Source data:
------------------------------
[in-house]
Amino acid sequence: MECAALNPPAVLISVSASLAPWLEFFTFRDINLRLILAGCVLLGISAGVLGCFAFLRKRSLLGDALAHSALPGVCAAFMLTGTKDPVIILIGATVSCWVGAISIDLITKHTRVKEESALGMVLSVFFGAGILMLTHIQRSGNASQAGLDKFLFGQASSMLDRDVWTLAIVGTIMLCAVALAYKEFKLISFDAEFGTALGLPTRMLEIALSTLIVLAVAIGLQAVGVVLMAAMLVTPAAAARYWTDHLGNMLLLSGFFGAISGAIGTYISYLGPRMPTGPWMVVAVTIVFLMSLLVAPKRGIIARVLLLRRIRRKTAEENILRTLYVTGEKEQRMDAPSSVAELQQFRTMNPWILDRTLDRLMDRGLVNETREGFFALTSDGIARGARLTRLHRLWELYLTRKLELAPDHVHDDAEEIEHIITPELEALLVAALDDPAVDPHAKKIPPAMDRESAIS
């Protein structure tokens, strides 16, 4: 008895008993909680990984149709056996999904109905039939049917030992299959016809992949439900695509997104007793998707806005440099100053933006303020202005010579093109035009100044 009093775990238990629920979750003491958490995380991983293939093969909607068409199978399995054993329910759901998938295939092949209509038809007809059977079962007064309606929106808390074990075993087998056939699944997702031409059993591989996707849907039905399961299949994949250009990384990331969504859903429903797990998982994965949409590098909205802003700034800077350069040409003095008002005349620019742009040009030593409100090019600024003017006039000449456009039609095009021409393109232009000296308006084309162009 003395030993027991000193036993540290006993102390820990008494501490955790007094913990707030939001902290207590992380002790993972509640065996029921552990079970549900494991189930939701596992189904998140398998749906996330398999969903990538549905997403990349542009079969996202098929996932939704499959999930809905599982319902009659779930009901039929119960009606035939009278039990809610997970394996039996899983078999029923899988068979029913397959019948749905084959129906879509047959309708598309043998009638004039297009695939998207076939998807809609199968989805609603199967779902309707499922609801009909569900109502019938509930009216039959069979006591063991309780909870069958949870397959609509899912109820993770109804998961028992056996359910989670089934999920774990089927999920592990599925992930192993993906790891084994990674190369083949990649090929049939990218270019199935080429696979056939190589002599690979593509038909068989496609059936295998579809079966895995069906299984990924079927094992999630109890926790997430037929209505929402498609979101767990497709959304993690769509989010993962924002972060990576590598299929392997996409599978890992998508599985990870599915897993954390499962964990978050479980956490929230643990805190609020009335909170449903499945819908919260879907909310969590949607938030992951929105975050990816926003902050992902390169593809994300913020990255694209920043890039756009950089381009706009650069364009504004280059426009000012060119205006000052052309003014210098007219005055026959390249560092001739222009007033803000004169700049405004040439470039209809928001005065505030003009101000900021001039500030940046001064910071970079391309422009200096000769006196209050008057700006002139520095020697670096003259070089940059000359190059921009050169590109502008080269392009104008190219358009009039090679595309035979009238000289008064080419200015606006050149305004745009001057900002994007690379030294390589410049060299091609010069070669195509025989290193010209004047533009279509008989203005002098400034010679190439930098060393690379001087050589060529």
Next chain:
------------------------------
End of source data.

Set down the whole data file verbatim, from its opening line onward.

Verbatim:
[in-house]
Amino acid sequence: MECAALNPPAVLISVSASLAPWLEFFTFRDINLRLILAGCVLLGISAGVLGCFAFLRKRSLLGDALAHSALPGVCAAFMLTGTKDPVIILIGATVSCWVGAISIDLITKHTRVKEESALGMVLSVFFGAGILMLTHIQRSGNASQAGLDKFLFGQASSMLDRDVWTLAIVGTIMLCAVALAYKEFKLISFDAEFGTALGLPTRMLEIALSTLIVLAVAIGLQAVGVVLMAAMLVTPAAAARYWTDHLGNMLLLSGFFGAISGAIGTYISYLGPRMPTGPWMVVAVTIVFLMSLLVAPKRGIIARVLLLRRIRRKTAEENILRTLYVTGEKEQRMDAPSSVAELQQFRTMNPWILDRTLDRLMDRGLVNETREGFFALTSDGIARGARLTRLHRLWELYLTRKLELAPDHVHDDAEEIEHIITPELEALLVAALDDPAVDPHAKKIPPAMDRESAIS
């Protein structure tokens, strides 16, 4: 008895008993909680990984149709056996999904109905039939049917030992299959016809992949439900695509997104007793998707806005440099100053933006303020202005010579093109035009100044 009093775990238990629920979750003491958490995380991983293939093969909607068409199978399995054993329910759901998938295939092949209509038809007809059977079962007064309606929106808390074990075993087998056939699944997702031409059993591989996707849907039905399961299949994949250009990384990331969504859903429903797990998982994965949409590098909205802003700034800077350069040409003095008002005349620019742009040009030593409100090019600024003017006039000449456009039609095009021409393109232009000296308006084309162009 003395030993027991000193036993540290006993102390820990008494501490955790007094913990707030939001902290207590992380002790993972509640065996029921552990079970549900494991189930939701596992189904998140398998749906996330398999969903990538549905997403990349542009079969996202098929996932939704499959999930809905599982319902009659779930009901039929119960009606035939009278039990809610997970394996039996899983078999029923899988068979029913397959019948749905084959129906879509047959309708598309043998009638004039297009695939998207076939998807809609199968989805609603199967779902309707499922609801009909569900109502019938509930009216039959069979006591063991309780909870069958949870397959609509899912109820993770109804998961028992056996359910989670089934999920774990089927999920592990599925992930192993993906790891084994990674190369083949990649090929049939990218270019199935080429696979056939190589002599690979593509038909068989496609059936295998579809079966895995069906299984990924079927094992999630109890926790997430037929209505929402498609979101767990497709959304993690769509989010993962924002972060990576590598299929392997996409599978890992998508599985990870599915897993954390499962964990978050479980956490929230643990805190609020009335909170449903499945819908919260879907909310969590949607938030992951929105975050990816926003902050992902390169593809994300913020990255694209920043890039756009950089381009706009650069364009504004280059426009000012060119205006000052052309003014210098007219005055026959390249560092001739222009007033803000004169700049405004040439470039209809928001005065505030003009101000900021001039500030940046001064910071970079391309422009200096000769006196209050008057700006002139520095020697670096003259070089940059000359190059921009050169590109502008080269392009104008190219358009009039090679595309035979009238000289008064080419200015606006050149305004745009001057900002994007690379030294390589410049060299091609010069070669195509025989290193010209004047533009279509008989203005002098400034010679190439930098060393690379001087050589060529």
Next chain: